Grand Canyon University Work and Energy Lab 9 Report

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Slide 1 LAB 9: WORK AND ENERGY Please list the members of your group: Madisyn Burwell OBJECTIVES To extend the intuitive notion of work as physical effort to a formal mathematical definition of work, W, as a function of both the force on an object and its displacement. To develop an understanding of how the work done on an object by a force can be measured. To understand the concept of power as the rate at which work is done. To understand the concept of kinetic energy and its relationship to the net work done on an object as embodied in the work–energy principle. OVERVIEW In your study of momentum, you saw that while momentum is always conserved in collisions, apparently different outcomes are possible. For example, if two identical carts moving at the same speed collide head­on and stick together, they both end up at rest immediately after the collision. If they bounce off each other instead, not only do both carts move apart at the same speed but in some cases they can move at the same speed they had coming into the collision. A third possibility is that the two carts can “explode” as a result of springs being released (or explosives!) and move faster after the interaction than before. Two new concepts are useful in further studying various types of physical interactions—work and energy. In this lab, you will begin the process of understanding the scientific definitions of work and energy, which in some cases are different from the way these words are used in everyday language. You will begin by comparing your intuitive, everyday understanding of work to its formal mathematical definition. You will first consider the work done on a small point­like object by a constant force. There are, however, many cases where the force is not constant. For example, the force exerted by a spring increases the more you stretch the spring. In this lab you will learn how to measure and calculate the work done by any force that acts on a moving object (even a force that changes with time). Often it is useful to know both the total amount of work that is done, and also the rate at which it is done. The rate at which work is done is known as the power. Energy is a powerful and useful concept in all the sciences. It is one of the more challenging concepts to understand. You will begin the study of energy in this lab by considering kinetic energy—a type of energy that depends on the velocity of an object and on its mass. By comparing the change of an object’s kinetic energy to the net work done on it, it is possible to understand the relationship between these two quantities in idealized situations. This relationship is known as the work–energy principle. You will study a cart being pulled by the force applied by a spring. How much net work is done on the cart? What is the kinetic energy change of the cart? How is the change in kinetic energy related to the net work done on the cart by the spring? Copyright © 2018 John Wiley & Sons, Inc. Slide 2 INVESTIGATION 1: THE CONCEPTS OF PHYSICAL WORK AND POWER While you all have an everyday understanding of the word “work” as being related to expending effort, the actual physical definition is very precise, and there are situations where this precise scientific definition does not agree with the everyday use of the word. You will begin by looking at how to calculate the work done by constant forces, and then move on to consider forces that change with time. Let’s begin with a prediction that considers choosing among potential “real­life” jobs. Suppose you are president of the Load ‘n’ Go Company. A local college has three jobs it needs to have done and it will allow your company to choose one before offering the other two jobs to rival companies. All three jobs pay the same total amount of money. Prediction 1­1A: Which one would you choose for your crew? Job A Prediction 1­1B: Explain why. Job B Job C Slide 3 Activity 1-1: Effort and Work—Calculating Work The following activities should help you to see whether your choice makes the most sense. You will need the following: IOLab: make sure you calibrate the force sensor! two heavy books of approximately the same weight smooth board or other level surface at least 0.5 m long that can be inclined meter stick or measuring tape string protractor 1. Lift one of the books at a slow, constant speed from the floor to a height of about 1 m. Repeat several times. Note the effort that is required. 2. Repeat, this time lifting the two books 1 m. 3. Push a book 1 m along the floor at a constant speed. Repeat several times. 4. Repeat, this time piling two books on top of each other and pushing them 1 m. Question 1­1: In each case, lifting or pushing, why must you exert a force to move the object? Question 1­2: How much more effort does it take to lift or push two books instead of one? 5. Lift a book with your hands at a slow, constant speed from the floor to a height of about 1 m. Repeat, this time lifting the book a distance of 2 m. 6. Push a book 1 m along the floor at a constant speed. Repeat, this time pushing the book a distance of 2 m. Question 1­3: How much more effort does it take to lift or push an object twice the distance? Question 1­4: If work were defined as “effort,” how would you say work depends on the force applied and on the distance moved? Slide 4 Activity 1-1: Effort and Work—Calculating Work In physics, work is not simply effort. In fact, the physicist’s definition of work is precise and mathematical. To have a full understanding of how work is defined in physics, we need to consider its definition for a very simple situation and then enrich it later to include more realistic situations. NOTE: All of the definitions of work in this unit apply only to very simple objects that can be idealized as point masses or are essentially rigid objects that don’t deform appreciably when acted on by a force. The reason for limiting the definition to such objects is to avoid considering forces that cause the shape of an object to change or cause it to spin instead of changing the velocity or position of its center of mass. If a rigid object or point mass experiences a constant force along the same line as its motion, the work done by that force is defined as the product of the force and the displacement of the center of mass of the object. Thus, in this simple situation where the force and displacement lie along the same line W = FxΔx where W represents the work done by the force, Fx is the force, and Δx is the displacement of the center of mass of the object along the x axis. Note that if the force and displacement (direction of motion) are in the same direction (i.e., both positive or both negative), the work done by the force is positive. On the other hand, a force acting in a direction opposite to displacement does negative work. For example, an opposing force that is acting to slow down a moving object is doing negative work. Question 1­5: Does this definition of work agree with the amount of effort you had to expend when you moved books under different conditions? Explain. Question 1­6: Does effort necessarily result in physical work? Suppose two people are in an evenly matched tug of war. They are obviously expending effort to pull on the rope, but according to the definition are they doing any physical work as defined above? Explain. Slide 5 Force (200 Hz) Remote 1 Fᵧ (N) 2 1 0 ­1 ­2   0.0 0.5 1.0 1.5 2.0 2.5 3.0 3.5 4.0 Rezero sensor 4.5 5.0 Time (s) rᵧ (m) Wheel - Position (100 Hz) Remote 1 0.6 0.4 0.2 ­0.0 ­0.2 ­0.4 ­0.6   0.0 0.5 1.0 1.5 2.0 2.5 3.0 3.5 4.0 Rezero sensor 4.5 5.0 Time (s) vᵧ (m/s) Wheel - Velocity (100 Hz) Remote 1  3 2 1 0 ­1 ­2 ­3  0.0 0.5 1.0 1.5 2.0 2.5 3.0 3.5 4.0 4.5 5.0 Time (s) Activity 1-2A: Calculating Work When the Force and Displacement Lie Along the Same Line In this activity, you will use the IOLab to measure the force needed to pull the IOLab, on its wheels, up the inclined smooth board (or other level surface). You will examine two situations. First you will exert a force parallel to the surface of the ramp, and then you will exert a force at an angle to the ramp. You will then be able to see how to calculate the work when the force and displacement are not in the same direction in such a way that the result makes physical sense. 1. Set up the IOLab and ramp as shown in the diagram below. Attach a short string (about 50 cm) to the eyebolt screwed into the force sensor of the IOLab. Put one of the books or a block on the IOLab. Taping the book or another object about the mass of the IOLab over the single wheel will prevent the IOLab from flipping over. Support one end of the ramp so that it is inclined to an angle of about 15–20°. Use the protractor or calculate to make sure you have an angle of at least 15°. Reminder: It is important to zero the Force Sensor on the IOLab with nothing pushing or pulling on the eyebolt just before making measurements, so not on the ramp. 2. Find the force needed to pull the IOLab and book up the ramp at a constant velocity. Begin graphing force and the displacement (position) as functions of time as you pull the IOLab and book up the ramp slowly at a constant velocity. Pull the IOLab so that the string is always parallel to the ramp. Pull the IOLab and book a measured distance along the ramp, say 0.5 m. 3. Use a time interval over which the force is relatively constant and record the average force and the displacement. Using the software, find the average (mean) force applied to the IOLab and book during the time interval when the IOLab was moving with a constant velocity. Make sure it was really moving at nearly a constant velocity. Do not include the force to get the cart moving. Average force in the y direction pulling parallel to surface: Slide 6 Force (200 Hz) Remote 1 Fᵧ (N) 2 1 0 ­1 ­2   0.0 0.5 1.0 1.5 2.0 2.5 3.0 3.5 4.0 Rezero sensor 4.5 5.0 Time (s) rᵧ (m) Wheel - Position (100 Hz) Remote 1 0.6 0.4 0.2 ­0.0 ­0.2 ­0.4 ­0.6   0.0 0.5 1.0 1.5 2.0 2.5 3.0 3.5 4.0 Rezero sensor 4.5 5.0 Time (s) vᵧ (m/s) Wheel - Velocity (100 Hz) Remote 1  3 2 1 0 ­1 ­2 ­3  0.0 0.5 1.0 1.5 2.0 2.5 3.0 3.5 4.0 4.5 5.0 Time (s) Activity 1-2B: Calculating Work When the Force and Displacement Lie Along Different Directions Prediction 1­2: Suppose that the force is not exerted along the line of motion but is in some other direction. If you try to pull the IOLab up along the same ramp in the same way as before (again with a constant velocity), only this time with a force that is not parallel to the surface of the ramp, will the force sensor measure the same force, a larger force, or a smaller force? Note that, the force sensor measures the force only in the y­direction. Now test your prediction by measuring the force needed to pull the cart and mass up along the ramp at a constant velocity, pulling at an angle of 45° to the surface of the ramp. To prevent the IOLab from flipping over backwards, be sure that the book is taped centered to the front of the IOLab, over the single wheel. 1. Attach the string to the eyebolt as before. Measure the 45° angle with a protractor. Begin graphing the force and the velocity and position as you pull the IOLab up at a slow constant speed. Be sure the IOLab does not lift off the surface of the ramp. 2. Use a time interval over which the force is relatively constant and record the average force and the displacement (position). Using the software, find the average (mean) force applied to the IOLab and book during the time interval when the IOLab was moving with a constant velocity. Make sure it was really moving at nearly a constant velocity. Do not include the force to get the cart moving. Average force component in the y direction when pulling at 45° to surface: Question 1­7: Did it seem to take more “effort” to move the IOLab and mass when the force was inclined at an angle to the ramp’s surface? Do you think that more physical work was done to move the IOLab and mass over the same distance at the same slow constant speed? Slide 7 Activity 1-2B: Calculating Work When the Force and Displacement Lie Along Different Directions It is the force component parallel to the displacement that is included in the calculation of work. Thus, when the force and displacement are not parallel, the work is calculated by Question 1­8: Do your observations support this equation as a reasonable way to calculate the work? Explain. Question 1­9: Based on all of your observations in this investigation, was your choice in Prediction 1­1 the best one? In other words, did you pick the job requiring the least physical work? Explain. Sometimes more than just the total physical work done is of interest. Often what is more important is the rate at which physical work is done. Average power, < P >, is defined as the ratio of the amount of work done, ΔW, to the time interval, Δt, in which it is done, so that If work is measured in joules and time in seconds, then the fundamental unit of power is the joule/second, and one joule/second is defined as one watt. A more traditional unit of power is the horsepower, which originally represented the rate at which a typical work horse could do physical work. We now define the equivalency between one horsepower and watts as follows: Slide 8 INVESTIGATION 2: WORK DONE BY CONSTANT AND NONCONSTANT FORCES Many forces in nature are not constant. A good example is the force exerted by a spring as you stretch it. In this investigation you will see how to calculate work and power when a non­constant force acts on an object. You will start by looking at a somewhat different way of calculating the work done by a constant force by using the area under a graph of force vs. position. It turns out that, unlike the equations we have written down so far, which are only valid for constant forces, the method of finding the area under the graph will work for both constant and changing forces. IOLab with force sensor calibrated smooth board or other level surface at least 0.5 m long meter stick or measuring tape spring, un­stretched length about 7 cm Slide 9 Force (200 Hz) Remote 1 Fᵧ (N) 4 2 0 ­2 ­4   0.0 0.5 1.0 1.5 2.0 2.5 3.0 3.5 4.0 Rezero sensor 4.5 5.0 Time (s) Wheel - Position (100 Hz) Remote 1 rᵧ (m) 0.4 0.2 0.0 ­0.2 ­0.4   0.0 0.5 1.0 1.5 2.0 2.5 3.0 3.5 4.0 Rezero sensor 4.5 5.0 Time (s) Wheel - Velocity (100 Hz) Remote 1 vᵧ (m/s) 2 1 0 ­1 ­2   0.0 0.5 1.0 1.5 2.0 2.5 3.0 3.5 4.0 4.5 5.0 Time (s) Activity 2-1: Work Done by a Constant Lifting Force In this activity you will measure the work done when you lift an object from the floor through a measured distance. You will use the force sensor to measure the force and the wheel to measure distance. 1. Set up the ramp as shown in the picture to the right; it will be almost vertical against the wall or table. Roll the IOLab along the ramp positioned almost vertically such that the wheels stay in contact with the ramp. 2. Practice lifting the IOLab by the string which is attached to the eyebolt screwed into the force sensor. 3. Click record with the IOLab resting on the ground, now lift the IOLab at a slow, constant speed through a distance of about 0.5 m. When you have a set of graphs in which the IOLab was moving at a reasonably constant speed, answer the following. Question 2­1: Did the force needed to move the mass depend on how high it was off the floor, or was it reasonably constant? Depends on height Does not depend on height 4. Use the analysis features of the software to find the average (mean) force over the distance the mass was lifted. Record this force and distance below. Average force: Distance lifted: 5. Calculate the work done in lifting the mass. show your calculation. Work done: Slide 10 Force (200 Hz) Remote 1 Fᵧ (N) 4 2 0 ­2 ­4  0.0  0.5 1.0 1.5 2.0 2.5 3.0 3.5 4.0 Rezero sensor 4.5 5.0 Time (s) Wheel - Position (100 Hz) Remote 1 rᵧ (m) 0.4 0.2 0.0 ­0.2 ­0.4  0.0  0.5 1.0 1.5 2.0 2.5 3.0 3.5 4.0 Rezero sensor 4.5 5.0 Time (s) Wheel - Velocity (100 Hz) Remote 1 vᵧ (m/s) 2 1 0 ­1 ­2   0.0 0.5 1.0 1.5 2.0 2.5 3.0 3.5 4.0 4.5 5.0 Time (s) Activity 2-1: Work Done by a Constant Lifting Force 6. Plot Force vs Wheel (ry). This called the “Parametric plot mode”, indicated by the button . Click­and­drag the data below the “Force vs. Wheel plot” to plot those parts of the two quantities that are relevant. 7. Notice that force times distance is also the area of the rectangle under the force vs. position graph. One can find the area under the curve by counting squares for instance. In some cases, as we saw before, it can be calculated without resorting to counting unit squares. Comment: This activity has dealt with the constant force required to lift an object against the gravitational force at a constant speed. The area under the force vs. position curve always gives the correct value for work, even when the force is not constant. (If you have studied calculus you may have noticed that the method of calculating the work by finding the area under the force vs. position graph is the same as integrating the force with respect to position.) Slide 11 Force (200 Hz) Remote 1 Fᵧ (N) 4 2 0 ­2 ­4  0.0  0.5 1.0 1.5 2.0 2.5 3.0 3.5 4.0 4.5 Rezero sensor 5.0 Time (s) Wheel - Position (100 Hz) Remote 1 rᵧ (m) 0.4 0.2 0.0 ­0.2 ­0.4  0.0  0.5 1.0 1.5 2.0 2.5 3.0 3.5 4.0 4.5 Rezero sensor 5.0 Time (s) Wheel - Velocity (100 Hz) Remote 1 vᵧ (m/s) 2 1 0 ­1 ­2   0.0 0.5 1.0 1.5 2.0 2.5 3.0 3.5 4.0 4.5 5.0 Time (s) Activity 2-2: Work Done by a Nonconstant Spring Force In this extension you will measure the work done when you stretch a spring through a measured distance. First you will collect data for the force applied by a stretched spring vs. distance the spring is stretched, and you will plot a graph of force vs. distance. Then, as in Activity 2­1, you will be able to calculate the work done by finding the area under this graph. 1. Set up the ramp, IOLab, and spring as shown in the diagram. The spring is attached to the board by the binder clip. The ramp or table should be horizontal. Comment: We assume that the force measured by the force sensor is the same as the force applied by the cart to the end of the spring. This is a consequence of Newton’s third law. 2. Rezero the force sensor with nothing pushing or pulling on it. 3. Begin graphing force and position as the IOLab is moved such that the spring gradually stretches from its equilibrium length (with no force pulling on its end), y=0.0 to y=0.2 m. 4. Then, as before, do a parametric plot of force vs. position. When the spring is unstretched, the force should read zero. 5. Calculate the spring constant from the graph above, the slope of force as a function of position using a calculator. Spring constant (k): Question 2­3: Compare this force vs. position graph to the one you got lifting the mass in Activity 2­1. Is the spring force a constant force? Describe any changes in the force as the spring is stretched. Question 2­4A: Can you use the equation W = FxΔx for calculating the work done by a non­ constant force like that produced by a spring? Yes No Question 2­4B: Explain. 6. Calculate the work done in stretching the spring using the area. Area under force vs. position graph: Slide 12 INVESTIGATION 3: KINETIC ENERGY AND THE WORK– ENERGY PRINCIPLE Investigation 3 will begin with an exploration of the definition of kinetic energy. Later, we will return to the method of the previous slides of measuring the area under the force vs. position graph to find the work, and we will compare the work done to changes in the kinetic energy. What happens when you apply an external force to an object that is free to move and has no frictional forces on it? According to Newton’s second law, it should experience an acceleration and end up moving with a different velocity. Can we relate the change in velocity of the object to the amount of work that is done on it? Consider a fairly simple situation. Suppose an object is lifted through a distance and then allowed to fall near the surface of the Earth. During the time it is falling it will experience a constant force as a result of the attraction between the Earth and the object—the gravitational force. You discovered how to find the work done by this force in Investigations 1 and 2. It is useful to define a new quantity called kinetic energy. You will see that as the object falls, its kinetic energy increases as a result of the work done by the gravitational force, and that, in fact, it increases by an amount exactly equal to the work done. First you need to find a reasonable definition for the kinetic energy. You will need the following: two thick books Slide 13 Activity 3-1: Kinetic Energy In this activity you will explore the meaning of kinetic energy, and see how it is calculated. 1. Toss one book up in the air and catch it. If you throw it faster it will go higher. Alternate between fast tosses and slow tosses. Notice how much effort it takes to throw it and to catch (stop) it when it is moving quickly or slowly. Question 3­1: Does the effort needed to stop the book seem to change as its speed increases? How does it change? Explain. Question 3­2: Does the effort needed to throw the book seem to change as its speed increases? How does it change? Explain. 2. Now toss the two books together (some rubber bands will help in having them stay together). Compare tosses of one and two books that go up at the same speed. Again notice how much effort it takes to toss and stop the book(s). Question 3­3: Does the effort needed to stop the two books seem to change as the mass increases compared to a single book? How does it change? Explain. Question 3­4: Does the effort needed to throw the two books seem to change as the mass increases compared to a single book? How does it change? Explain. Comment: When an object moves, it possesses a form of energy because of the work that was done to start it moving. This energy is called kinetic energy. You should have discovered that the amount of kinetic energy increases with both mass and speed. In fact, the kinetic energy is defined as being proportional to the mass and the square of the speed. The mathematical formula is K=1/2 m v2 The unit of kinetic energy is the joule (J), the same as the unit of work. Slide 14 rᵧ (m) Wheel - Position (100 Hz) Remote 1 3.0 2.5 2.0 1.5 1.0 0.5 0.0 ­0.5 ­1.0 ­1.5 ­2.0 ­2.5 ­3.0   0 1 2 3 4 5 6 7 8 9 Rezero sensor 10 Time (s) vᵧ (m/s) Wheel - Velocity (100 Hz) Remote 1 3.0 2.5 2.0 1.5 1.0 0.5 0.0 ­0.5 ­1.0 ­1.5 ­2.0 ­2.5 ­3.0   0 1 2 3 4 5 6 7 8 9 10 Time (s) Activity 3-2: Your Kinetic Energy In this activity you will examine how you can graph the kinetic energy of an object such as your body in real time. You will need the following: IOLab a string about 2m long 1. To calculate kinetic energy you will need to know your mass in kilograms. Use the fact that 1.0 kg weighs 2.2 lb on Earth to find your mass in kilograms. Your mass: 2. Attach the string to one end of the IOLab. You are ready to record your velocity as you walk your IOLab – like a dog. Begin graphing while walking away from the computer slowly, then more quickly, and then stop. Now, carefully so the IOLab does not turn around, walk slowly back toward the computer. Question 3­5: Now calculate your kinetic energy at several instances while moving away from your computer and when you are moving back to the computer using your mass and the velocity recorded by the IOLab. Is it possible to have negative kinetic energy? Explain. Question 3­6A: Which would have a greater effect on the kinetic energy—doubling your velocity or doubling your mass? double the mass Question 3­6B: Explain double the velocity they have the same effect Slide 15 Activity 3-2: Your Kinetic Energy When you apply a force to an object in the absence of friction, the object always accelerates. The force does work and the kinetic energy of the object increases. Clearly, there is some relationship between the work done on the object and the change in its kinetic energy. Prediction 3­1: What do you think is the relationship between work done and change in kinetic energy of an object? Explain. In the next activity, you will examine this relationship, called the work–energy principle, by doing work on the IOLab with a spring. Slide 16 Force (200 Hz) Remote 1 Fᵧ (N) 4 2 0 ­2 ­4   0.0 0.5 1.0 1.5 2.0 2.5 3.0 3.5 4.0 Rezero sensor 4.5 5.0 Time (s) rᵧ (m) Wheel - Position (100 Hz) Remote 1  3 2 1 0 ­1 ­2 ­3  0.0 0.5 1.0 1.5 2.0 2.5 3.0 3.5 4.0 Rezero sensor 4.5 5.0 Time (s) vᵧ (m/s) Wheel - Velocity (100 Hz) Remote 1  3 2 1 0 ­1 ­2 ­3  0.0 0.5 1.0 1.5 2.0 2.5 3.0 3.5 4.0 4.5 5.0 Time (s) Activity 3-3: Work–Energy Principle 1. Measure the weight of the IOLab by hanging it from the eye bolt. Calculate the mass of the IOLab from the weight. Make sure you rezero the force sensor with no force applied prior to weighing the IOLab. show your calculations below. Mass of IOLab: 2. Set up the IOLab and spring as shown in the diagram in Activity 2­2 (slide 11). 3. Begin recording, and then pull the IOLab along the board so that the spring is stretched about 20 cm from the unstretched position. Release the IOLab, allowing the spring to pull it back at least to the unstretched position. What is the time you released the IOLab? What is the IOLab's velocity at that time? What is the time at which the IOLab reached the “zero” position? What was its velocity when it reached the “zero” position? 4. Change to the force vs position graph using the “Parametric plot mode": . Click­and­drag the data below the “Force vs. Wheel plot” to plot those parts of the two quantities that are relevant. 5. Calculate the value of the work done by the spring by calculating the area under the curve of the force vs position graph. The position should go from 20 cm to zero. The force will go from its maximum to zero as well, so make sure you zoom in on the right part of the graph. The data gets more difficult to interpret when the spring is fully retracted. show your calculation. Work done by spring: 6. Calculate the change in kinetic energy of the IOLab using its mass and the velocity when the force becomes zero. Change in kinetic energy: Question 3­7: How does the work done on the cart by the spring compare to its change in kinetic energy? Does this agree with your prediction? Is there a loss due to friction? How much? Question 3­8: State the work–energy principle that relates work to kinetic energy change in words for the IOLab and spring system that you have just examined.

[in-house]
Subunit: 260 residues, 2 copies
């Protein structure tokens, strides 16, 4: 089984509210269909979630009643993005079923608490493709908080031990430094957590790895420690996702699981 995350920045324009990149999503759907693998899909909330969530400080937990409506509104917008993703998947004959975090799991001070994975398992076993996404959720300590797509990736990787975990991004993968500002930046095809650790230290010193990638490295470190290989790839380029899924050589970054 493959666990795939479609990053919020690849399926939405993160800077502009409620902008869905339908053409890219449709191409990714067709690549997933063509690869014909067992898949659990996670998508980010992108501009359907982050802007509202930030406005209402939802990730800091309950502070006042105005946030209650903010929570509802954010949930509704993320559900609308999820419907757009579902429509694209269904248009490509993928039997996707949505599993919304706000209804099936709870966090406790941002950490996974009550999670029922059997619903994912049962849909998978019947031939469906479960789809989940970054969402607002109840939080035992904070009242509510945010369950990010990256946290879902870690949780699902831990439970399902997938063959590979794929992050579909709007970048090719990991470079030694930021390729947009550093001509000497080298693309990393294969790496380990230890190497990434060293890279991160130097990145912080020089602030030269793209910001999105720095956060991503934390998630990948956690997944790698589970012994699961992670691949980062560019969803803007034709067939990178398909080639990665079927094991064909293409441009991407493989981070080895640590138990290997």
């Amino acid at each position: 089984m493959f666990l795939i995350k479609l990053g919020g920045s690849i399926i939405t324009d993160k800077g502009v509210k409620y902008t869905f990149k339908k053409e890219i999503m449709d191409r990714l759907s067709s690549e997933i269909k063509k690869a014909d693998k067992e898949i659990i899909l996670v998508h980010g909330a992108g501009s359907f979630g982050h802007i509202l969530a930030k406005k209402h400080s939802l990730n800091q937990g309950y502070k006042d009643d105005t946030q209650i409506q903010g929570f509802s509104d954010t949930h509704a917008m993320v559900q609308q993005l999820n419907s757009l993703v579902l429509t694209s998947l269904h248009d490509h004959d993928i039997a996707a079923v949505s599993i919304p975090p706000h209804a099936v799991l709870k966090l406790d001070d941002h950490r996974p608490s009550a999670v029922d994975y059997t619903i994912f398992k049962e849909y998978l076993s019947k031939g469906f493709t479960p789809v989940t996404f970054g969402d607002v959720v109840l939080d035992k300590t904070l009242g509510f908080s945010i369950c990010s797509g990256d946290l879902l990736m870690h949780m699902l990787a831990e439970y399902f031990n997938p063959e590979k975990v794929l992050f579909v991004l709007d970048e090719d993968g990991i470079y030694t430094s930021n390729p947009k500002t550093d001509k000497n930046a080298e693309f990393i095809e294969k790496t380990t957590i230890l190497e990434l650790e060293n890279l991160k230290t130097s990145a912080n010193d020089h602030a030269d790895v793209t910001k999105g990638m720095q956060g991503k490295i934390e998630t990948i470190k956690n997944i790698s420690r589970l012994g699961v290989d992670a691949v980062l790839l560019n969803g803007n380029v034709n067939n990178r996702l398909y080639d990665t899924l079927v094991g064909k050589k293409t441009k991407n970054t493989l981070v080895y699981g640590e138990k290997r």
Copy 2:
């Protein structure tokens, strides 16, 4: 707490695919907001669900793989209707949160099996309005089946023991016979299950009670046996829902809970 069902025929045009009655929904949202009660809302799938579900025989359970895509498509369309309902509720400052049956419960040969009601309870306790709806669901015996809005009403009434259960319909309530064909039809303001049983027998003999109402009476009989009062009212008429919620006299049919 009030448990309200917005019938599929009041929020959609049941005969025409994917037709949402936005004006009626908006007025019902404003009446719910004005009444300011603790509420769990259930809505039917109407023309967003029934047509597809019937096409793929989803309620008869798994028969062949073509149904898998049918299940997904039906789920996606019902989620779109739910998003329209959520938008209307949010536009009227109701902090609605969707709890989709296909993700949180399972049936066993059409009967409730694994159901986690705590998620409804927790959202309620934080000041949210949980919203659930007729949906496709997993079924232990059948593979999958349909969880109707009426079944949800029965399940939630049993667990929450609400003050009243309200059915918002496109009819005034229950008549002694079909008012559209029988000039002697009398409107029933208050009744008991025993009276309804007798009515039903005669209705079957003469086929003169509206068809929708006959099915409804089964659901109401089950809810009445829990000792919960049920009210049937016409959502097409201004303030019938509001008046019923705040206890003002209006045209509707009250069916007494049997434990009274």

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Lab 9: Work and Energy
Prediction 1-1A: Job C
Prediction 1-1B: We have that lifting 100 50-lb boxes and lifting 50 100-lb boxes is like
lifting a grand total of 5000 lbs. Considering we have less boxes if they weight 100 lbs. and
the distance to lift them is the shortest at 10 feet, Job C would be faster and require less effort.
Question 1-1: To move an object at rest, we need to apply a force greater than the ones
currently at equilibrium (force of gravity and normal force, static friction force for lifting and
pushing, respectively), according to Newton’s Second Law.
Question 1-2: It took about twice as much effort with 2 books instead of one, both for lifting
and pushing.
Question 1-3: Since I had to do so for longer, it also took as twice as much effort for both
pushing and lifting.
Question 1-4: I would say work is directly proportional to the force applied and is directly
proportional to the distance moved as well.
Question 1-5: Yes, it does agree with what I said before. When I had to lift or push two books,
I had twice the m...